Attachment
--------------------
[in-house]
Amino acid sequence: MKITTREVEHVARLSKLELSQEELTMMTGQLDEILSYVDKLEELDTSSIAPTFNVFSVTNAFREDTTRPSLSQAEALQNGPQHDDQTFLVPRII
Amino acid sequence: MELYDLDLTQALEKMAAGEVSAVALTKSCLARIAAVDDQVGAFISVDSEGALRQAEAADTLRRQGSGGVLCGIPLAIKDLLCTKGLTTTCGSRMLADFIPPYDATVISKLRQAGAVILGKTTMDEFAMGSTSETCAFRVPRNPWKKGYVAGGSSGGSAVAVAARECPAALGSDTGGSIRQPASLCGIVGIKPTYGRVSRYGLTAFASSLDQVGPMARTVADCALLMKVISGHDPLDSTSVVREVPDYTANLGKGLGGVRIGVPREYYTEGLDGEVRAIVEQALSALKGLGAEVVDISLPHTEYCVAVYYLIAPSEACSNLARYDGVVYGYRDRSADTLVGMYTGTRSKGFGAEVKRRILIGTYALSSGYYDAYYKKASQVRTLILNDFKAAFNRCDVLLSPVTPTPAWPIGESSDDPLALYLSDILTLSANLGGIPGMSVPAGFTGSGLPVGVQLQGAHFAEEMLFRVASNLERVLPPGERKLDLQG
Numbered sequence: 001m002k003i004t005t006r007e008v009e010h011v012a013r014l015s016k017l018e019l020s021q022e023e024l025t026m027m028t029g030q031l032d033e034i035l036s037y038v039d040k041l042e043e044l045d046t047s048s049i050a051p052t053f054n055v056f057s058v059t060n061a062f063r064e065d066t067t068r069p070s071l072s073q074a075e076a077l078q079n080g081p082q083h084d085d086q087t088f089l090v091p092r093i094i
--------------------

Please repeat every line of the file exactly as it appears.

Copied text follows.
[in-house]
Amino acid sequence: MKITTREVEHVARLSKLELSQEELTMMTGQLDEILSYVDKLEELDTSSIAPTFNVFSVTNAFREDTTRPSLSQAEALQNGPQHDDQTFLVPRII
Amino acid sequence: MELYDLDLTQALEKMAAGEVSAVALTKSCLARIAAVDDQVGAFISVDSEGALRQAEAADTLRRQGSGGVLCGIPLAIKDLLCTKGLTTTCGSRMLADFIPPYDATVISKLRQAGAVILGKTTMDEFAMGSTSETCAFRVPRNPWKKGYVAGGSSGGSAVAVAARECPAALGSDTGGSIRQPASLCGIVGIKPTYGRVSRYGLTAFASSLDQVGPMARTVADCALLMKVISGHDPLDSTSVVREVPDYTANLGKGLGGVRIGVPREYYTEGLDGEVRAIVEQALSALKGLGAEVVDISLPHTEYCVAVYYLIAPSEACSNLARYDGVVYGYRDRSADTLVGMYTGTRSKGFGAEVKRRILIGTYALSSGYYDAYYKKASQVRTLILNDFKAAFNRCDVLLSPVTPTPAWPIGESSDDPLALYLSDILTLSANLGGIPGMSVPAGFTGSGLPVGVQLQGAHFAEEMLFRVASNLERVLPPGERKLDLQG
Numbered sequence: 001m002k003i004t005t006r007e008v009e010h011v012a013r014l015s016k017l018e019l020s021q022e023e024l025t026m027m028t029g030q031l032d033e034i035l036s037y038v039d040k041l042e043e044l045d046t047s048s049i050a051p052t053f054n055v056f057s058v059t060n061a062f063r064e065d066t067t068r069p070s071l072s073q074a075e076a077l078q079n080g081p082q083h084d085d086q087t088f089l090v091p092r093i094i